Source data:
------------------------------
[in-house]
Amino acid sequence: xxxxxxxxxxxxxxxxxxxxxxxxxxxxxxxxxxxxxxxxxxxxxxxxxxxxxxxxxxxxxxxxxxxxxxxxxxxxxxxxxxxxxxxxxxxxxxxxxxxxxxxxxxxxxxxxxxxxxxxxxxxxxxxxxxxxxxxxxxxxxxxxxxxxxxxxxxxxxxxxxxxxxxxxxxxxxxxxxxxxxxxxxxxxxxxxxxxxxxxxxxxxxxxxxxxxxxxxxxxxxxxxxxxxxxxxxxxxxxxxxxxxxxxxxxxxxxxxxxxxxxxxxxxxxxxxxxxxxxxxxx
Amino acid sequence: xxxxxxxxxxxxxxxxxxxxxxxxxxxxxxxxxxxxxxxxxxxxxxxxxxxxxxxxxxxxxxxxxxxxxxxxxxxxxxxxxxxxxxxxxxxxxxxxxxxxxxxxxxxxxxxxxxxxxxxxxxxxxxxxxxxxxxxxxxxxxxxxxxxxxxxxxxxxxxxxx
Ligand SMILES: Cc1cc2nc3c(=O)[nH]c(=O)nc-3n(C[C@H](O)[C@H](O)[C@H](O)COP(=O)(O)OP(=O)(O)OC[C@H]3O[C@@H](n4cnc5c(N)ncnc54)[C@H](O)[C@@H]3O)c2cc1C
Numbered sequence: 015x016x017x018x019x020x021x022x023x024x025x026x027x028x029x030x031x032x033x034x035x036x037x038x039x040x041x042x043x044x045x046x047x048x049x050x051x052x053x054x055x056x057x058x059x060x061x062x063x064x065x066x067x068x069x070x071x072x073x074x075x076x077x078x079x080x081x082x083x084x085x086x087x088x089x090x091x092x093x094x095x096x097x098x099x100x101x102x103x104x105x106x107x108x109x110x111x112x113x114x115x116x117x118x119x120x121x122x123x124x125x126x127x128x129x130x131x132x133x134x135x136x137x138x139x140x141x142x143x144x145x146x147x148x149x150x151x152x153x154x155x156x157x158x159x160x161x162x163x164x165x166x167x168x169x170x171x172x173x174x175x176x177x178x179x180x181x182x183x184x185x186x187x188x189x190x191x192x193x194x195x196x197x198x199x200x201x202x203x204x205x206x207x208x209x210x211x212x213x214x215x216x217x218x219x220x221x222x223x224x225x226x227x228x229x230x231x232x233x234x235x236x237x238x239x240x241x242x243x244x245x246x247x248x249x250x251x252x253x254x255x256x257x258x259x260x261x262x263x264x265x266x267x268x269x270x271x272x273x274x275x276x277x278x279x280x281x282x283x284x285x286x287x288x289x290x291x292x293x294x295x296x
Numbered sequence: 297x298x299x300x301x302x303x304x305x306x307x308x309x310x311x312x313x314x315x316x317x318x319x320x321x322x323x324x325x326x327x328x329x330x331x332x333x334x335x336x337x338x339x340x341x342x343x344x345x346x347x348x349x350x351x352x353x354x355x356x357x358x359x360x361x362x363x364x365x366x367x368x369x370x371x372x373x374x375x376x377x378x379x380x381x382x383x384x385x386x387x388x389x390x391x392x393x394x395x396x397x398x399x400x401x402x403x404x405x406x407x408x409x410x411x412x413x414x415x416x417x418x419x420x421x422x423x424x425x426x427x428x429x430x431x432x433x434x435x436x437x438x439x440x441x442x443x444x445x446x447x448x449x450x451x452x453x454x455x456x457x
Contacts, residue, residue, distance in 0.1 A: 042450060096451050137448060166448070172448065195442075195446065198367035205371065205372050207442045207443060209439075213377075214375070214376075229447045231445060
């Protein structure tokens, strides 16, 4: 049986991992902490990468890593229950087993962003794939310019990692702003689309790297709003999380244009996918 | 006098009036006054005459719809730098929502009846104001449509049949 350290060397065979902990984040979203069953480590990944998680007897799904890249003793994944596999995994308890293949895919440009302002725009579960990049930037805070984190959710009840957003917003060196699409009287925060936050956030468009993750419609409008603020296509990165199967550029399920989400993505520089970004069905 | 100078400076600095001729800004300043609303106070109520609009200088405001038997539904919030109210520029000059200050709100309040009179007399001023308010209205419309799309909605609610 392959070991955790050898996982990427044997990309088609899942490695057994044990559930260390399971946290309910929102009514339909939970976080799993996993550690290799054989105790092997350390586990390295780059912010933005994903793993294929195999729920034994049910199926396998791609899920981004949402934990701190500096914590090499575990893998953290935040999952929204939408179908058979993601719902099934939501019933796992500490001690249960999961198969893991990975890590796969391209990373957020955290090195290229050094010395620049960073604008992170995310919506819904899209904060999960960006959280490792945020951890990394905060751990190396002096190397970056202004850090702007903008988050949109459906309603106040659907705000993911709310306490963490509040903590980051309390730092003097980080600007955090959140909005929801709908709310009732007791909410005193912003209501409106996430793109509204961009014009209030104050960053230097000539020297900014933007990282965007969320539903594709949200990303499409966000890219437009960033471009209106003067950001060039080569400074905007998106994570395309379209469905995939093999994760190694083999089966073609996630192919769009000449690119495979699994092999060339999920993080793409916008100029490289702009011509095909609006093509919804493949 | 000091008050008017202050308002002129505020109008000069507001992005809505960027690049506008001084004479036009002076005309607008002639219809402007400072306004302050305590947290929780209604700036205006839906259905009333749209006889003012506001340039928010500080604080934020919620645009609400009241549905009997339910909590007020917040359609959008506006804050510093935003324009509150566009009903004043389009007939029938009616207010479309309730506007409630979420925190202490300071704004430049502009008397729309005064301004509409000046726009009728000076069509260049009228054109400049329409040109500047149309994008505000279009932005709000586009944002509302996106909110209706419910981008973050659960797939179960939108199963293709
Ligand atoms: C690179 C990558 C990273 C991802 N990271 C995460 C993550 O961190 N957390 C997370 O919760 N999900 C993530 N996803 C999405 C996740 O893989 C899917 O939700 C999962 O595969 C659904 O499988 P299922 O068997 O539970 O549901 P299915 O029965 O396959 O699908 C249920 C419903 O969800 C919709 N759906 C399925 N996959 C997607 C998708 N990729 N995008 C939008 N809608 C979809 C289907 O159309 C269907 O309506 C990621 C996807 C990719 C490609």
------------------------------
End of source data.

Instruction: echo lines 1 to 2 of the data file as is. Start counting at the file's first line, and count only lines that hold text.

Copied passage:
[in-house]
Amino acid sequence: xxxxxxxxxxxxxxxxxxxxxxxxxxxxxxxxxxxxxxxxxxxxxxxxxxxxxxxxxxxxxxxxxxxxxxxxxxxxxxxxxxxxxxxxxxxxxxxxxxxxxxxxxxxxxxxxxxxxxxxxxxxxxxxxxxxxxxxxxxxxxxxxxxxxxxxxxxxxxxxxxxxxxxxxxxxxxxxxxxxxxxxxxxxxxxxxxxxxxxxxxxxxxxxxxxxxxxxxxxxxxxxxxxxxxxxxxxxxxxxxxxxxxxxxxxxxxxxxxxxxxxxxxxxxxxxxxxxxxxxxxx